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Napoléon-Henri REBER (1807-1880)
Piano Trio No. 3 in G minor, Op. 16 (1862) [30:14]
Piano Trio No. 5 in C, Op. 30 (1872) [17:37]
Piano Trio No. 7 in A minor, Op. 37 (1880) [25:05]
rec. Coeur de Ville, Vincennes, December 2012 TIMPANI 1C1205 [72:56]
Napoléon-Henri Reber, although apparently an unsuccessful
student at the Paris Conservatoire, would eventually, in a delicious
twist of fate, return there to teach harmony and composition. His
music, while attractively Romantic in style, is substantial, structured
with a certain "Classical" rigour. Annotator Charlotte Loriot's claim
to hear "the stamp of Haydn and Mozart" in it, however, is a stretch.
The hunting-hornish theme that dominates the Scherzo of the
A minor Trio - the only such free-standing scherzo in these scores
- does have a Haydnesque cut to it. That said, Reber's style of writing
for the three instruments, treating them as equal, independent voices,
bears little resemblance to that of Hayd, where the cello mostly tags
along on the piano's bass lines.
The stronger immediate influence is, more likely, Brahms. While the
surging passion of the G minor Trio's first subject foreshadows the
French post-Wagnerians, the sonorities, in the piano writing particularly,
have a Brahmsian cast. So does the rising motif in string octaves
that launches the A minor Trio. The finales, too, incorporate familiar
Brahmsian elements: the vaguely "Hungarian" repeated-note patterns
in the G minor, and the short, driving rhythmic motifs in the C major.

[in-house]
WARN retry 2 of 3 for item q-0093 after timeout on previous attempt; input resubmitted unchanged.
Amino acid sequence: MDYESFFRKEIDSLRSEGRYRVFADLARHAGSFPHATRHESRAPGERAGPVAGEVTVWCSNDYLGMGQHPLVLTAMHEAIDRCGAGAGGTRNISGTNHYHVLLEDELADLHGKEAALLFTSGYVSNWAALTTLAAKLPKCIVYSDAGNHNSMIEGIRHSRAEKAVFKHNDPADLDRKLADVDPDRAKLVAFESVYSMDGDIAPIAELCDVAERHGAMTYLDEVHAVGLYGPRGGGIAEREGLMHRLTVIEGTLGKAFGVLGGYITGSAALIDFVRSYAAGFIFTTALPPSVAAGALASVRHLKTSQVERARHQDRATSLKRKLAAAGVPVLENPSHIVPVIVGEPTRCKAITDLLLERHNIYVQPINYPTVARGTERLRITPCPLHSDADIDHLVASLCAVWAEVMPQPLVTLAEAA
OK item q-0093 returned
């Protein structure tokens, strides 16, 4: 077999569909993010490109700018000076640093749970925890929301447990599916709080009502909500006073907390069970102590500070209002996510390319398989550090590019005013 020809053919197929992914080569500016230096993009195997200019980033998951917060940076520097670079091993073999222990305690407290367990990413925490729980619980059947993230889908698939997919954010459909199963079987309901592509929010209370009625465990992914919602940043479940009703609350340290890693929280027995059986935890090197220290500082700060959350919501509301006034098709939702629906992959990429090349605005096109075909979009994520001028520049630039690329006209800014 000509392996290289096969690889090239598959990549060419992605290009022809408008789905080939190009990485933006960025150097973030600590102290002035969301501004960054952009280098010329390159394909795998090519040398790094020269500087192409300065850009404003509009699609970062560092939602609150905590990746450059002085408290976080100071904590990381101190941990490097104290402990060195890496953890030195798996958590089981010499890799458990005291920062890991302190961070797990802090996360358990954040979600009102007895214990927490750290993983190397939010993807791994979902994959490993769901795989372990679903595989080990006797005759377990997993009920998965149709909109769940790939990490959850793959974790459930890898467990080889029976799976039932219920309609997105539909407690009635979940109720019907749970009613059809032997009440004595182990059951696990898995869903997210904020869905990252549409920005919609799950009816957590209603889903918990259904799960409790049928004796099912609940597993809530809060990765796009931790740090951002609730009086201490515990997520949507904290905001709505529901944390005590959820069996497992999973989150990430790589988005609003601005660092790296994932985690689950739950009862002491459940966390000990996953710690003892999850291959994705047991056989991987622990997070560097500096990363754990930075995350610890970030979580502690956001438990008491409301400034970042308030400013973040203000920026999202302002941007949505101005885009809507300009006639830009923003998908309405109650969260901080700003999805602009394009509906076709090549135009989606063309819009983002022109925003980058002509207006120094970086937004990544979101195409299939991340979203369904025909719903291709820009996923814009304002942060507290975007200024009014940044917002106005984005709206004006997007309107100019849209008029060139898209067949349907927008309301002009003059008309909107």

Yet Reber's aesthetic remains unmistakably French. In the G minor
Trio's first movement, the lyrical second theme tempers rigour with
Gallic grace. In the slow movements, he favours duple time, which
could be flatfooted, but handles it with simple elegance, particularly
in the Adagio cantabile of the G minor. A fetching syncopated
waltz dominates the first-movement development of the C major, while
the same score's sombre, elegiac Andante sostenuto illustrates
that Reber could stiffen charm with seriousness.
The Trio Élégiaque is first-class, playing fully and
expressively, successfully projecting the music's Classical and Romantic
aspects. Both of the firm-bowed string players produce vibrant tone;
in the G minor's first movement, where Reber fills out chordal textures
with double-stopping, they're adept at simulating a larger ensemble.
The pianist, François Dumont, is a laureate of the 2010 Chopin
Competition, as his dexterous, fully-weighted execution of scales
and embellishments makes evident. Their strong individual personalities
notwithstanding, the three players mesh to project unified interpretations.
The sound is excellent.
It's such a pleasure, after all these years of listening, to discover
good music I've not heard before. This will appeal strongly to chamber-music
Stephen Francis Vasta
Stephen Francis Vasta is a New York-based conductor, coach, and journalist.